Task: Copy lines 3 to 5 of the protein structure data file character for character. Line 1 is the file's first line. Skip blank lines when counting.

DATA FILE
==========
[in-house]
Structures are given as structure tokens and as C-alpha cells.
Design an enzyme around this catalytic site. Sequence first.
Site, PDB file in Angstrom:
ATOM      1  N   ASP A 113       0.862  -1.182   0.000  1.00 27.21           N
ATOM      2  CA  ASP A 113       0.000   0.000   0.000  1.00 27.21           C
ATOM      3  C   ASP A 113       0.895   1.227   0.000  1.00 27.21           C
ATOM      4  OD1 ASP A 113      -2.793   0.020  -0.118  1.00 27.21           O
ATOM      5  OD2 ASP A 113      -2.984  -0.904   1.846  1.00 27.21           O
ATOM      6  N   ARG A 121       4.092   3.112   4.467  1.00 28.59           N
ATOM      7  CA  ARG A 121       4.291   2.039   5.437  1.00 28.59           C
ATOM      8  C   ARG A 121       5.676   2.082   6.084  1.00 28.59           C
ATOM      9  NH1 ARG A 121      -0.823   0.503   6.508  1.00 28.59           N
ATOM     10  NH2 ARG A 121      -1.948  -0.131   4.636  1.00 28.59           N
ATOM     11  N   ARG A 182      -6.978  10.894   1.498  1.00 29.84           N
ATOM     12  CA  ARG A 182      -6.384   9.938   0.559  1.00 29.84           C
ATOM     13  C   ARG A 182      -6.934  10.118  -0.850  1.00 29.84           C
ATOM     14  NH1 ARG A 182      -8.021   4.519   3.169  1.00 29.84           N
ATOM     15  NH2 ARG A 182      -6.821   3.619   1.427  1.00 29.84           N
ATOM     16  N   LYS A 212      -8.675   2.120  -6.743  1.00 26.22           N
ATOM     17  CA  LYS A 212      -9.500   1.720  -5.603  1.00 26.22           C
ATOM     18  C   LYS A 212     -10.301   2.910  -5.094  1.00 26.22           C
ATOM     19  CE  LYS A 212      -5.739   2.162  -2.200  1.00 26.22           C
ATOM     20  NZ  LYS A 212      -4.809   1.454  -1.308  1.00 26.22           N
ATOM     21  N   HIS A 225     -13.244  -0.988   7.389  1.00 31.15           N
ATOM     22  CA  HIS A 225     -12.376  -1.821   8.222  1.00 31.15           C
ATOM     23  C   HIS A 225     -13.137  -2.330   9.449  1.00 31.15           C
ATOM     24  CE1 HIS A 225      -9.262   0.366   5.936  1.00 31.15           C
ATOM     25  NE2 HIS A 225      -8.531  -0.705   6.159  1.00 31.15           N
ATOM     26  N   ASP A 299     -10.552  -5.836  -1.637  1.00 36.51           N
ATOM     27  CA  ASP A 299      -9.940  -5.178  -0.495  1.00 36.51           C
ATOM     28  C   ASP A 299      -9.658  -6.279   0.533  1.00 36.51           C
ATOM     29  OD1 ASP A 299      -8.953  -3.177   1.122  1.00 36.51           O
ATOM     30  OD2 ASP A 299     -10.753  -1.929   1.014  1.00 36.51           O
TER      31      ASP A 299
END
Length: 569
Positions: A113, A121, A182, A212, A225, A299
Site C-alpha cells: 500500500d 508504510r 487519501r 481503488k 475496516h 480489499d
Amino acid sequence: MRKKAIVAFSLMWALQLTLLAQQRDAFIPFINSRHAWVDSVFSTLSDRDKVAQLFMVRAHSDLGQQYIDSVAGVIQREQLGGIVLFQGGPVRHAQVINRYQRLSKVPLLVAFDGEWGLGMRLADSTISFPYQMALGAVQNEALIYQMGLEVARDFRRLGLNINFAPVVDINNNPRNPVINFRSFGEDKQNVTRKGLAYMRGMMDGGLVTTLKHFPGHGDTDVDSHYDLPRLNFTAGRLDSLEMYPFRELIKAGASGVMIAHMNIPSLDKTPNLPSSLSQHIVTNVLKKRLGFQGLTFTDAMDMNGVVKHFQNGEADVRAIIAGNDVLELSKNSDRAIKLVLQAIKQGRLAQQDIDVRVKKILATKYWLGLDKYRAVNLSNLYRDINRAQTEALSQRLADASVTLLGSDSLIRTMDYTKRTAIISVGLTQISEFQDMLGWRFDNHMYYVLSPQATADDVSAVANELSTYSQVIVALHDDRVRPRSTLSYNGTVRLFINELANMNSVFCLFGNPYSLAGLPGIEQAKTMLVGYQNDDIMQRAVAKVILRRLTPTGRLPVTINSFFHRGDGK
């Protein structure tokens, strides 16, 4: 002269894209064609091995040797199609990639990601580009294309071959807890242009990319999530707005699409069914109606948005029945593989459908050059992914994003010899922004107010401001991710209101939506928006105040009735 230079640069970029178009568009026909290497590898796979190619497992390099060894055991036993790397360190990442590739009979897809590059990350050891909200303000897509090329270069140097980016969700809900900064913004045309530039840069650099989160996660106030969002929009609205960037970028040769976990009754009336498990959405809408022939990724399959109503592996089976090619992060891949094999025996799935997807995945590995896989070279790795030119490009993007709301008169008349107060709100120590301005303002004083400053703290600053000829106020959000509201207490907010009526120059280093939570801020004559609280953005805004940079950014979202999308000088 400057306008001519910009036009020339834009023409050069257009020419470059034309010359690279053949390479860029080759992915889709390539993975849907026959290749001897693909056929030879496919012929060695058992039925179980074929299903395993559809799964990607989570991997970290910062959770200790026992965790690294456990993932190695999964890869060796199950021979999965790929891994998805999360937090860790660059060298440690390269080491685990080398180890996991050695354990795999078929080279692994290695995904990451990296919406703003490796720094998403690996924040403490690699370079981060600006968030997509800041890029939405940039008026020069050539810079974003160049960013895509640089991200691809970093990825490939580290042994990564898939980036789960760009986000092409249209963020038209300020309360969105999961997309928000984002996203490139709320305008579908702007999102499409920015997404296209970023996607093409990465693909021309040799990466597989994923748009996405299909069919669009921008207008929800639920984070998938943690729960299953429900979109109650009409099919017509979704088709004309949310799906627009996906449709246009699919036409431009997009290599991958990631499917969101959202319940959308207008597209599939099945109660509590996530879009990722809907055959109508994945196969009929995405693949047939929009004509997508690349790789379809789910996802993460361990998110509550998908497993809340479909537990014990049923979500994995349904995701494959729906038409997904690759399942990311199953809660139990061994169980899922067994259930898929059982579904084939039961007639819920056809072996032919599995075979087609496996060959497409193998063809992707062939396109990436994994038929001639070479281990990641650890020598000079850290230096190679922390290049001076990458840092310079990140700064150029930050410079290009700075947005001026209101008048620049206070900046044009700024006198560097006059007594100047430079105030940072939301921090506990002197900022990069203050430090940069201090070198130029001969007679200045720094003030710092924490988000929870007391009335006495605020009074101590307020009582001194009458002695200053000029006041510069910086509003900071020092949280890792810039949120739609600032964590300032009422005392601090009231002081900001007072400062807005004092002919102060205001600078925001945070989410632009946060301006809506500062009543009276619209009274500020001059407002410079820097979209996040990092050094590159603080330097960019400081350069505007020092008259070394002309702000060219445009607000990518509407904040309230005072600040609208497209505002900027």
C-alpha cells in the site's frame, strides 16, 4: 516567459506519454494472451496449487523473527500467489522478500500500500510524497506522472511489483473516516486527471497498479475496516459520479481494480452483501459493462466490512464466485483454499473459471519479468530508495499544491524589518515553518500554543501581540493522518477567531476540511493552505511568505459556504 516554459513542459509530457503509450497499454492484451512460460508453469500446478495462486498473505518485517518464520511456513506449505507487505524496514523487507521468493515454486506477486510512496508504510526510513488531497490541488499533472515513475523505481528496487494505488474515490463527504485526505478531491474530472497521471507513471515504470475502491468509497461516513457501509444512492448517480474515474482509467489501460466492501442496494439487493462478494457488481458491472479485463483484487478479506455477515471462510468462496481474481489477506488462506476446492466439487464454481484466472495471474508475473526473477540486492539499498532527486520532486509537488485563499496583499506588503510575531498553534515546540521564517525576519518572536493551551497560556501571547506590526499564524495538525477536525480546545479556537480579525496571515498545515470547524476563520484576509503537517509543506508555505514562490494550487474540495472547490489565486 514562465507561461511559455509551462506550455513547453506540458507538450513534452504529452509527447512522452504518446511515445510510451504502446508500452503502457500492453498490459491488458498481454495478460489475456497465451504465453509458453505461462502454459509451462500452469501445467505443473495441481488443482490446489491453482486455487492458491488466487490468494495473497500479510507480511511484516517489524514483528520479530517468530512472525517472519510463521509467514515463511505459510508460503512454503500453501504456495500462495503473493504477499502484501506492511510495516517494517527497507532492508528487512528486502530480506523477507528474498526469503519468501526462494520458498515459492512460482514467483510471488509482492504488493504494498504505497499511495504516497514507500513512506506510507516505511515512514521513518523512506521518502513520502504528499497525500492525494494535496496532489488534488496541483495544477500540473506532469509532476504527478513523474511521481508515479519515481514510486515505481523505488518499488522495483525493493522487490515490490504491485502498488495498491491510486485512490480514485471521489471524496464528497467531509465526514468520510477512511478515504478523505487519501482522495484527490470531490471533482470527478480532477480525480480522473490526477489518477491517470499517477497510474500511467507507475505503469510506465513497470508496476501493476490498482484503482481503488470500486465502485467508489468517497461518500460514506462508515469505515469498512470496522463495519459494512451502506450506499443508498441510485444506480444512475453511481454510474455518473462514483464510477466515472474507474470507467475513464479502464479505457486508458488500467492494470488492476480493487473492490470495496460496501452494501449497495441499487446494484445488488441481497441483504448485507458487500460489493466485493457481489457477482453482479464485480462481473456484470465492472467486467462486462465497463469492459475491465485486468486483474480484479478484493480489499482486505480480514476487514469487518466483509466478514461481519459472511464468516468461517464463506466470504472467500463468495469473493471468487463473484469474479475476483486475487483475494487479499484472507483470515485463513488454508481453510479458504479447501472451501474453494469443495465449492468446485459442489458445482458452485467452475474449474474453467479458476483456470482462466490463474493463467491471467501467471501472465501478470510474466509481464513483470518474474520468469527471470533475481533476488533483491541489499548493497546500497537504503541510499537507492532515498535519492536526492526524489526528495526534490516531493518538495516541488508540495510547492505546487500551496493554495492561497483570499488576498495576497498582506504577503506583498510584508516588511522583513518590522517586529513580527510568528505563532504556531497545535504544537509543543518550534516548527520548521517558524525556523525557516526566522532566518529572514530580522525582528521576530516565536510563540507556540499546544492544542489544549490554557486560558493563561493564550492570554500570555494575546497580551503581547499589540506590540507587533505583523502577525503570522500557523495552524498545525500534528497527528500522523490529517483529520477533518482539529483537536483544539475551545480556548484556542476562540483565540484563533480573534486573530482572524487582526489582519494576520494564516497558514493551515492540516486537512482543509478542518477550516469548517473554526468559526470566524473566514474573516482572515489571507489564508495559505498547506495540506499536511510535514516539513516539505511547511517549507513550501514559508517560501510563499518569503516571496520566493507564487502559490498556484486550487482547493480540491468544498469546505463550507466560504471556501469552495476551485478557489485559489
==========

Design an enzyme around this catalytic site. Sequence first.
Site, PDB file in Angstrom:
ATOM      1  N   ASP A 113       0.862  -1.182   0.000  1.00 27.21           N